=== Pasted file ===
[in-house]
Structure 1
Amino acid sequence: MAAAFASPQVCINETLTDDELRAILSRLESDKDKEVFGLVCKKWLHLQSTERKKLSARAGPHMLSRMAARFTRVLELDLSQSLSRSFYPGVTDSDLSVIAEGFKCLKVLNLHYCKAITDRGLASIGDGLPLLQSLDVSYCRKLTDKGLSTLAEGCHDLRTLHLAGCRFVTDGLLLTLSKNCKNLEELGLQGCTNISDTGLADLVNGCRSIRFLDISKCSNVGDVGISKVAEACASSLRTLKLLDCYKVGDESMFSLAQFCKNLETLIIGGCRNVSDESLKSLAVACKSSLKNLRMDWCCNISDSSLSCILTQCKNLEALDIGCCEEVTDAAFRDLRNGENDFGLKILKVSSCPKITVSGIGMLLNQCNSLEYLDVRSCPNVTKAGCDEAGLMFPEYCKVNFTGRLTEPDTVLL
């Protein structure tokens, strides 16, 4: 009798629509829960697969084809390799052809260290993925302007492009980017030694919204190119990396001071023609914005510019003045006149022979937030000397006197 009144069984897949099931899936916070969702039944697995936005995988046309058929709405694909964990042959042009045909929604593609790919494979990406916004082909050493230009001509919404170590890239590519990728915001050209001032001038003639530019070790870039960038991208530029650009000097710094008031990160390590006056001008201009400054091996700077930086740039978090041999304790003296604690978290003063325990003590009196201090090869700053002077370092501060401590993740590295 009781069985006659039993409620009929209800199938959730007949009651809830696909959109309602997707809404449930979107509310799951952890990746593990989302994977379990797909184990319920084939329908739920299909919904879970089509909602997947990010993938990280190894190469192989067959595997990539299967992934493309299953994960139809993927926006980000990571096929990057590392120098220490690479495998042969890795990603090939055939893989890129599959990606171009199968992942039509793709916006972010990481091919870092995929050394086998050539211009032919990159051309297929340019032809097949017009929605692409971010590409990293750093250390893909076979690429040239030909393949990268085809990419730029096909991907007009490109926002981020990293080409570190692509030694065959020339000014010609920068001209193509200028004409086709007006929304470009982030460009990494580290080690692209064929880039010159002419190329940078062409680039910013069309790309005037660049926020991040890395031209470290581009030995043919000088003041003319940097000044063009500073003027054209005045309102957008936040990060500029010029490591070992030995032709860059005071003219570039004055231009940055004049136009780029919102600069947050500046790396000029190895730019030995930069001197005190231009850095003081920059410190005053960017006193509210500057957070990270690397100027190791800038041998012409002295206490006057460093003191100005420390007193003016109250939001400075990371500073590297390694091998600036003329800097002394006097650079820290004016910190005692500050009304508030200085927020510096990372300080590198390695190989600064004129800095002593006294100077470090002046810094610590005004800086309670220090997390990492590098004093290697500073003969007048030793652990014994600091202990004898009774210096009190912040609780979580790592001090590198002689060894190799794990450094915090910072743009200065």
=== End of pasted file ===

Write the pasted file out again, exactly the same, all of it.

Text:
[in-house]
Structure 1
Amino acid sequence: MAAAFASPQVCINETLTDDELRAILSRLESDKDKEVFGLVCKKWLHLQSTERKKLSARAGPHMLSRMAARFTRVLELDLSQSLSRSFYPGVTDSDLSVIAEGFKCLKVLNLHYCKAITDRGLASIGDGLPLLQSLDVSYCRKLTDKGLSTLAEGCHDLRTLHLAGCRFVTDGLLLTLSKNCKNLEELGLQGCTNISDTGLADLVNGCRSIRFLDISKCSNVGDVGISKVAEACASSLRTLKLLDCYKVGDESMFSLAQFCKNLETLIIGGCRNVSDESLKSLAVACKSSLKNLRMDWCCNISDSSLSCILTQCKNLEALDIGCCEEVTDAAFRDLRNGENDFGLKILKVSSCPKITVSGIGMLLNQCNSLEYLDVRSCPNVTKAGCDEAGLMFPEYCKVNFTGRLTEPDTVLL
């Protein structure tokens, strides 16, 4: 009798629509829960697969084809390799052809260290993925302007492009980017030694919204190119990396001071023609914005510019003045006149022979937030000397006197 009144069984897949099931899936916070969702039944697995936005995988046309058929709405694909964990042959042009045909929604593609790919494979990406916004082909050493230009001509919404170590890239590519990728915001050209001032001038003639530019070790870039960038991208530029650009000097710094008031990160390590006056001008201009400054091996700077930086740039978090041999304790003296604690978290003063325990003590009196201090090869700053002077370092501060401590993740590295 009781069985006659039993409620009929209800199938959730007949009651809830696909959109309602997707809404449930979107509310799951952890990746593990989302994977379990797909184990319920084939329908739920299909919904879970089509909602997947990010993938990280190894190469192989067959595997990539299967992934493309299953994960139809993927926006980000990571096929990057590392120098220490690479495998042969890795990603090939055939893989890129599959990606171009199968992942039509793709916006972010990481091919870092995929050394086998050539211009032919990159051309297929340019032809097949017009929605692409971010590409990293750093250390893909076979690429040239030909393949990268085809990419730029096909991907007009490109926002981020990293080409570190692509030694065959020339000014010609920068001209193509200028004409086709007006929304470009982030460009990494580290080690692209064929880039010159002419190329940078062409680039910013069309790309005037660049926020991040890395031209470290581009030995043919000088003041003319940097000044063009500073003027054209005045309102957008936040990060500029010029490591070992030995032709860059005071003219570039004055231009940055004049136009780029919102600069947050500046790396000029190895730019030995930069001197005190231009850095003081920059410190005053960017006193509210500057957070990270690397100027190791800038041998012409002295206490006057460093003191100005420390007193003016109250939001400075990371500073590297390694091998600036003329800097002394006097650079820290004016910190005692500050009304508030200085927020510096990372300080590198390695190989600064004129800095002593006294100077470090002046810094610590005004800086309670220090997390990492590098004093290697500073003969007048030793652990014994600091202990004898009774210096009190912040609780979580790592001090590198002689060894190799794990450094915090910072743009200065």